What a great name for a great place. More amazing stonework (more climbing!), and we try to comprehend how the Incans moved stones the size of a small room from the quarry that we can see on a mountain top miles away. We walk along more scary trails on the side of the mountain to see storehouses for grain. We talk alot about how in the heck they built so many things high on the side of the mountains. Boris tells us of the Incan techniques to use the sun to determine when to determine the winter and summer solstice, and how the buildings were arranged specifically for this - fascinating, and very clever.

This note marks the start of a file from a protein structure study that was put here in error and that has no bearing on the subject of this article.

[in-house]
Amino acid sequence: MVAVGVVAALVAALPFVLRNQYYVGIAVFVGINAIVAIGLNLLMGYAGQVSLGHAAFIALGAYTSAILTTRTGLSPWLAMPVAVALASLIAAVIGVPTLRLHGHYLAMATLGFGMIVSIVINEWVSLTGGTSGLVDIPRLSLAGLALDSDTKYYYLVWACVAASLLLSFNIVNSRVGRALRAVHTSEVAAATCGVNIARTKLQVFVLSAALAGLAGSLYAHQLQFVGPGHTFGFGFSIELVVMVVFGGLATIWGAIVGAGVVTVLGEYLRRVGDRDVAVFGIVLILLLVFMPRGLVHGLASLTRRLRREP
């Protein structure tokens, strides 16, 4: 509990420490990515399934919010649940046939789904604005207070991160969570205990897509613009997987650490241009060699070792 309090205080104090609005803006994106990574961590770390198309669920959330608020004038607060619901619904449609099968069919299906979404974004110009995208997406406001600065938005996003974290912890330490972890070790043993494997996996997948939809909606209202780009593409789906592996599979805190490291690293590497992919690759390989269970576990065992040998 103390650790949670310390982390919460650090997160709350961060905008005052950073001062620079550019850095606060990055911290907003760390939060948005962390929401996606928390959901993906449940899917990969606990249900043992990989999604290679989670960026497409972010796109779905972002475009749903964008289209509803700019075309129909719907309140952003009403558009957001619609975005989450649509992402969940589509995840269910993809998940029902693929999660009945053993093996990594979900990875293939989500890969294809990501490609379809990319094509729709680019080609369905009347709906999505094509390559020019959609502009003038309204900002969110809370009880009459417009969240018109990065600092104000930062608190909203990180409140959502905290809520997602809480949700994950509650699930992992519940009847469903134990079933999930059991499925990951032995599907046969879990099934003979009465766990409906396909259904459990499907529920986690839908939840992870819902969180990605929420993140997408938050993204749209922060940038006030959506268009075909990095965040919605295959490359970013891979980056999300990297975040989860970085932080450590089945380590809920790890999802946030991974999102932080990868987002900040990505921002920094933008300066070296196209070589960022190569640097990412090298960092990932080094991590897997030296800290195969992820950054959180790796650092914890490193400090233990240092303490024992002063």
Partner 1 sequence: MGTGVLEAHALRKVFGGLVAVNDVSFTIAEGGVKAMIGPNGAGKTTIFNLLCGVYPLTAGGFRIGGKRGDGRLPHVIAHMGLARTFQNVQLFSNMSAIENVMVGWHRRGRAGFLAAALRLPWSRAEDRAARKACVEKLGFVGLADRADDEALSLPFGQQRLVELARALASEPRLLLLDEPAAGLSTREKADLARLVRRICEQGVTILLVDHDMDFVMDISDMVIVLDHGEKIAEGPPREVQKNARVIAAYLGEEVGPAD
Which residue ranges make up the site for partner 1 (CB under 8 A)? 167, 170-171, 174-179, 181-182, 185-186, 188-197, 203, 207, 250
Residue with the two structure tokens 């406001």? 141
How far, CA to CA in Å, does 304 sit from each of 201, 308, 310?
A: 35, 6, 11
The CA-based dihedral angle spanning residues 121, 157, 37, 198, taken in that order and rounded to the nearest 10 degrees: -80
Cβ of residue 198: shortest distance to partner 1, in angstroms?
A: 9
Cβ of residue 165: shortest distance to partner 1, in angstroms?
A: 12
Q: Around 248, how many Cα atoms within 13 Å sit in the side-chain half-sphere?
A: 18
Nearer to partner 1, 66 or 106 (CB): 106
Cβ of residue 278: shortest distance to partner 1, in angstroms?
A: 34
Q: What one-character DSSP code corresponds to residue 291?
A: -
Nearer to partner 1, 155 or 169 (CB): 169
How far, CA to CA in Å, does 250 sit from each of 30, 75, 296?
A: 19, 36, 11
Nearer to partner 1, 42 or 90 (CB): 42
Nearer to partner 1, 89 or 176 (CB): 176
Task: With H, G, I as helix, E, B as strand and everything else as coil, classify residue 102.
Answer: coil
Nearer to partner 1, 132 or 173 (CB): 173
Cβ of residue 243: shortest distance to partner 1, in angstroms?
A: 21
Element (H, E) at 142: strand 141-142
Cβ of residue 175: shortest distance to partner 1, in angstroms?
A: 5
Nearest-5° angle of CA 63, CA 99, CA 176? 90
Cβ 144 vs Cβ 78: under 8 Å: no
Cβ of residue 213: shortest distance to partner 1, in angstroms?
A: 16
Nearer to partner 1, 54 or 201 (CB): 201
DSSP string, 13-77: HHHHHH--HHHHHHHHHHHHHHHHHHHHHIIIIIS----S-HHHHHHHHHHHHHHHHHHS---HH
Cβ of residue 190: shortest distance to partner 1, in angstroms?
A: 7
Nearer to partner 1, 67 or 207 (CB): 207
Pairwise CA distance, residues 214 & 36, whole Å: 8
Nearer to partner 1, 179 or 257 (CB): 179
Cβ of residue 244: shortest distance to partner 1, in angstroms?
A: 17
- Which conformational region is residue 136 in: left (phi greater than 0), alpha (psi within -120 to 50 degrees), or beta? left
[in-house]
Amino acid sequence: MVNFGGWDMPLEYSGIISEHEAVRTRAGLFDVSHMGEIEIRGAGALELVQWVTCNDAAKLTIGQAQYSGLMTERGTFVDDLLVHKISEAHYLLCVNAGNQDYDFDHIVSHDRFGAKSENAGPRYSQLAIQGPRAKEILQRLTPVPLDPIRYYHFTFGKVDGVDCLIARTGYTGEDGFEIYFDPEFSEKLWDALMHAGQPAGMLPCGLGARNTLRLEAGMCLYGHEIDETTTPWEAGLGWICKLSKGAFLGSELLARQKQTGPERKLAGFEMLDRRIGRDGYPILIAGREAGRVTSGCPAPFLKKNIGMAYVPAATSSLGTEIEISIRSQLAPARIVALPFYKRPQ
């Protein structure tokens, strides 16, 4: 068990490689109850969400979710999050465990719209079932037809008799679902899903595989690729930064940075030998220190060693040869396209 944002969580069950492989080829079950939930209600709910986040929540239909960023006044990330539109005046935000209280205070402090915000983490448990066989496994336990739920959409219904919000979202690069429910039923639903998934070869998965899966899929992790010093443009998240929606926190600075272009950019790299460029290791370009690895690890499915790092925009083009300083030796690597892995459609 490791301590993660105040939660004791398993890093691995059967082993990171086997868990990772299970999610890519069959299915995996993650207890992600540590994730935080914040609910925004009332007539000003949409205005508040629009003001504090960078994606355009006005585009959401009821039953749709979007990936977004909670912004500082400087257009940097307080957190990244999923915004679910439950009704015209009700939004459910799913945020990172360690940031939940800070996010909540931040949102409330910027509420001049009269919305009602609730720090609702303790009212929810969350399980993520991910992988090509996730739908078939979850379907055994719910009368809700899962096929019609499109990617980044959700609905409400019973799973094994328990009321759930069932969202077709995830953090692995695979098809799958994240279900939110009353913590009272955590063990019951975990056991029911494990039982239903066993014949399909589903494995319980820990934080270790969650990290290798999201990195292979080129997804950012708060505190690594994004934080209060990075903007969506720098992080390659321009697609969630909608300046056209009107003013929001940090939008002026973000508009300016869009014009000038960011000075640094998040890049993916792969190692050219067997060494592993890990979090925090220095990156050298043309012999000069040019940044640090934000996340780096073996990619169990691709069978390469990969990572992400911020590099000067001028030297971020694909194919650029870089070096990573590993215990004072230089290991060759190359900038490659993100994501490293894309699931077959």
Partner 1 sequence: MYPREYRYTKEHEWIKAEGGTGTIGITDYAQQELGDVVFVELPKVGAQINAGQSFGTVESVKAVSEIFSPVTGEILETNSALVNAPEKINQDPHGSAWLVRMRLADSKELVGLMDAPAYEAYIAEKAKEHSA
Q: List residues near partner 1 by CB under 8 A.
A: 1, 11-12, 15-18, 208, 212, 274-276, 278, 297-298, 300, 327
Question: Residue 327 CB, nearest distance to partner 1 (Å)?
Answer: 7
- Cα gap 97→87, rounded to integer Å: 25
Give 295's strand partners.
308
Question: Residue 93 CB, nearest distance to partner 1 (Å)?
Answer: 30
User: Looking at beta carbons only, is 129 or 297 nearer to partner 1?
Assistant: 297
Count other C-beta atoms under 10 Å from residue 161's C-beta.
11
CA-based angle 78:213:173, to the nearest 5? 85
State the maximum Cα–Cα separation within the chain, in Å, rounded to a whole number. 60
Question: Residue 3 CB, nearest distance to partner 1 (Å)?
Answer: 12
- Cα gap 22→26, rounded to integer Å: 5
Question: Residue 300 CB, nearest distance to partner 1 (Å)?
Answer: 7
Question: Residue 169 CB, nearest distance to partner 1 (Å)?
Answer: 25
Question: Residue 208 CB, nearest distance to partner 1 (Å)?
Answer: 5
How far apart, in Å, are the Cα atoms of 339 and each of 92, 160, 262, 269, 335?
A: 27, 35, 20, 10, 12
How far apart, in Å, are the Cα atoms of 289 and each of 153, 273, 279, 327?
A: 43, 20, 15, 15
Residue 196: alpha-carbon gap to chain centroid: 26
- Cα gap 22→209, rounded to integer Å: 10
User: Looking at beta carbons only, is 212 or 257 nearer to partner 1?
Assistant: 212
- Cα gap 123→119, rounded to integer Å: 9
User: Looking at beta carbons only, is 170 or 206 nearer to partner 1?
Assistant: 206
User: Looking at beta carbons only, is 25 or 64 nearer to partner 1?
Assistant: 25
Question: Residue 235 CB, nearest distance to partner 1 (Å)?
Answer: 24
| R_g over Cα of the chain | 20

Boris points out the carved face of Hunupa on the side of the mountain and the Inca's Face on the side of another mountain. More ridiculous achievements!
We spend the night at a great local hotel and enjoy walking around the town. The small canals with running water are still used and, you guessed it - made by the Incans. The people are hardworking, friendly, and very attuned to family. We see the younger helping the old everywhere we look. The highlight of the day is a visit to a local house. The women make dolls to sell to tourists on an old fashioned sewing machine, and there are skulls of their ancestors over the kitchen. Guinea pigs run around everywhere on the floor. My daughters are not happy to find out that they are not pets, but food! We have not yet brought ourselves to try the roasted guinea pig.